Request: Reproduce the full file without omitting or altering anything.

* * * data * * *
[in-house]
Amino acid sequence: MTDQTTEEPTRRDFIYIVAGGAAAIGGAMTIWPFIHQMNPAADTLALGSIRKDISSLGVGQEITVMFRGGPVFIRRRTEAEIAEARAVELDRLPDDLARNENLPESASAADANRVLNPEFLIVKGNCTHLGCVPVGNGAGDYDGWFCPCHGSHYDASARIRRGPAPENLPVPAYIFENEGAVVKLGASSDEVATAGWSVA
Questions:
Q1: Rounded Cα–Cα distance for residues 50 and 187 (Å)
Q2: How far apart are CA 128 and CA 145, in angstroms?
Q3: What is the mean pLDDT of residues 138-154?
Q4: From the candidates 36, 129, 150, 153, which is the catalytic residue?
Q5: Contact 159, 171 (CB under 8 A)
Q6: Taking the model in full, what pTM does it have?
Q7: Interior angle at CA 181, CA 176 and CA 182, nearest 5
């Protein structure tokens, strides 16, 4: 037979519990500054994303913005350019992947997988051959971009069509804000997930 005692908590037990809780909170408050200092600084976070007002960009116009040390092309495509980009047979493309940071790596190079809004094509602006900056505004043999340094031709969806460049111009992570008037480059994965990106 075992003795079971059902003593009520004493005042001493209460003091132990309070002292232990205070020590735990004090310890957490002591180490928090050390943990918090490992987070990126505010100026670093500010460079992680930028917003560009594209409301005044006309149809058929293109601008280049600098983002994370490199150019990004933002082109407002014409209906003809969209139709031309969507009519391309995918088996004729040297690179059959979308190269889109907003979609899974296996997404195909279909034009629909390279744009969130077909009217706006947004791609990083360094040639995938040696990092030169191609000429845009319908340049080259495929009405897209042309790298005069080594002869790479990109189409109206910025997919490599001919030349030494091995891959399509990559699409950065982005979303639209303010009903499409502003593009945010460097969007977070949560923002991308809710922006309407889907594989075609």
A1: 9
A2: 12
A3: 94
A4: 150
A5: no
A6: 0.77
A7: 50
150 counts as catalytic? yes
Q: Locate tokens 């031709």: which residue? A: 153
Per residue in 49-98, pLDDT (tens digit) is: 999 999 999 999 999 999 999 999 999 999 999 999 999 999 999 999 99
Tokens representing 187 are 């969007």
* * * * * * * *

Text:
[in-house]
Amino acid sequence: MTDQTTEEPTRRDFIYIVAGGAAAIGGAMTIWPFIHQMNPAADTLALGSIRKDISSLGVGQEITVMFRGGPVFIRRRTEAEIAEARAVELDRLPDDLARNENLPESASAADANRVLNPEFLIVKGNCTHLGCVPVGNGAGDYDGWFCPCHGSHYDASARIRRGPAPENLPVPAYIFENEGAVVKLGASSDEVATAGWSVA
Questions:
Q1: Rounded Cα–Cα distance for residues 50 and 187 (Å)
Q2: How far apart are CA 128 and CA 145, in angstroms?
Q3: What is the mean pLDDT of residues 138-154?
Q4: From the candidates 36, 129, 150, 153, which is the catalytic residue?
Q5: Contact 159, 171 (CB under 8 A)
Q6: Taking the model in full, what pTM does it have?
Q7: Interior angle at CA 181, CA 176 and CA 182, nearest 5
């Protein structure tokens, strides 16, 4: 037979519990500054994303913005350019992947997988051959971009069509804000997930 005692908590037990809780909170408050200092600084976070007002960009116009040390092309495509980009047979493309940071790596190079809004094509602006900056505004043999340094031709969806460049111009992570008037480059994965990106 075992003795079971059902003593009520004493005042001493209460003091132990309070002292232990205070020590735990004090310890957490002591180490928090050390943990918090490992987070990126505010100026670093500010460079992680930028917003560009594209409301005044006309149809058929293109601008280049600098983002994370490199150019990004933002082109407002014409209906003809969209139709031309969507009519391309995918088996004729040297690179059959979308190269889109907003979609899974296996997404195909279909034009629909390279744009969130077909009217706006947004791609990083360094040639995938040696990092030169191609000429845009319908340049080259495929009405897209042309790298005069080594002869790479990109189409109206910025997919490599001919030349030494091995891959399509990559699409950065982005979303639209303010009903499409502003593009945010460097969007977070949560923002991308809710922006309407889907594989075609």
A1: 9
A2: 12
A3: 94
A4: 150
A5: no
A6: 0.77
A7: 50
150 counts as catalytic? yes
Q: Locate tokens 């031709």: which residue? A: 153
Per residue in 49-98, pLDDT (tens digit) is: 999 999 999 999 999 999 999 999 999 999 999 999 999 999 999 999 99
Tokens representing 187 are 């969007």